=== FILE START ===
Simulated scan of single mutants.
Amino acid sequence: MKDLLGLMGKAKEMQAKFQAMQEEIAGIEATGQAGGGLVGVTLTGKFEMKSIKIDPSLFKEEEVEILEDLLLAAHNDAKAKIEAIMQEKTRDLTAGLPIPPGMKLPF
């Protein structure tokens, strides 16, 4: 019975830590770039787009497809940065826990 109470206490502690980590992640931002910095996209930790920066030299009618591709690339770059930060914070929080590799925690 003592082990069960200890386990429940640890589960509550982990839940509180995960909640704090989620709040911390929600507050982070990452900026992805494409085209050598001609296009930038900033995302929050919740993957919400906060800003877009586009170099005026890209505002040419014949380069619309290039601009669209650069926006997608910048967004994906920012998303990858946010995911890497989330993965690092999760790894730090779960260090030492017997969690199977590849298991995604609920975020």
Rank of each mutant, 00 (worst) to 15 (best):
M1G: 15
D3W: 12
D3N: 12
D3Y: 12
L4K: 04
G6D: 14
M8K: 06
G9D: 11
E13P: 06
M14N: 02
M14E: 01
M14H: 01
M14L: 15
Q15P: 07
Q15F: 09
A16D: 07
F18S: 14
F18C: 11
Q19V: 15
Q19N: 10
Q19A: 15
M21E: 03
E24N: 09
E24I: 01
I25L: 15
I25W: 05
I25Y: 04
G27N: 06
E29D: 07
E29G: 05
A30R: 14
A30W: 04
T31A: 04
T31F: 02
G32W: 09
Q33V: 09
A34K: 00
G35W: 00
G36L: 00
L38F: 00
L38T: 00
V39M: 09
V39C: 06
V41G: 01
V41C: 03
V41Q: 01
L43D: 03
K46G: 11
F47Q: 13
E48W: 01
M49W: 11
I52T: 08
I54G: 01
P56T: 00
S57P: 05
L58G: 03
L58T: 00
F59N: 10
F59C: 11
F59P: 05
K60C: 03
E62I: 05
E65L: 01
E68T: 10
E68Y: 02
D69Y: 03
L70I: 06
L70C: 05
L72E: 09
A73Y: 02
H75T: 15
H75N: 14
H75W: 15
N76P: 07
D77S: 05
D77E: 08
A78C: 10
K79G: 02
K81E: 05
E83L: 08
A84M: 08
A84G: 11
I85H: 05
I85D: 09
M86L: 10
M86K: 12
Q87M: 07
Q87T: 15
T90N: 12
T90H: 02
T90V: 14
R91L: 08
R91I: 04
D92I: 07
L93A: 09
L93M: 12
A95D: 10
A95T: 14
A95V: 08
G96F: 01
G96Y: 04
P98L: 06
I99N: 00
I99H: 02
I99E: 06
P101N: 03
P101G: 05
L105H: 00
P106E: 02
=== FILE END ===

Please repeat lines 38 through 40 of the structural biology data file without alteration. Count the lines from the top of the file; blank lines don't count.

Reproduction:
T31F: 02
G32W: 09
Q33V: 09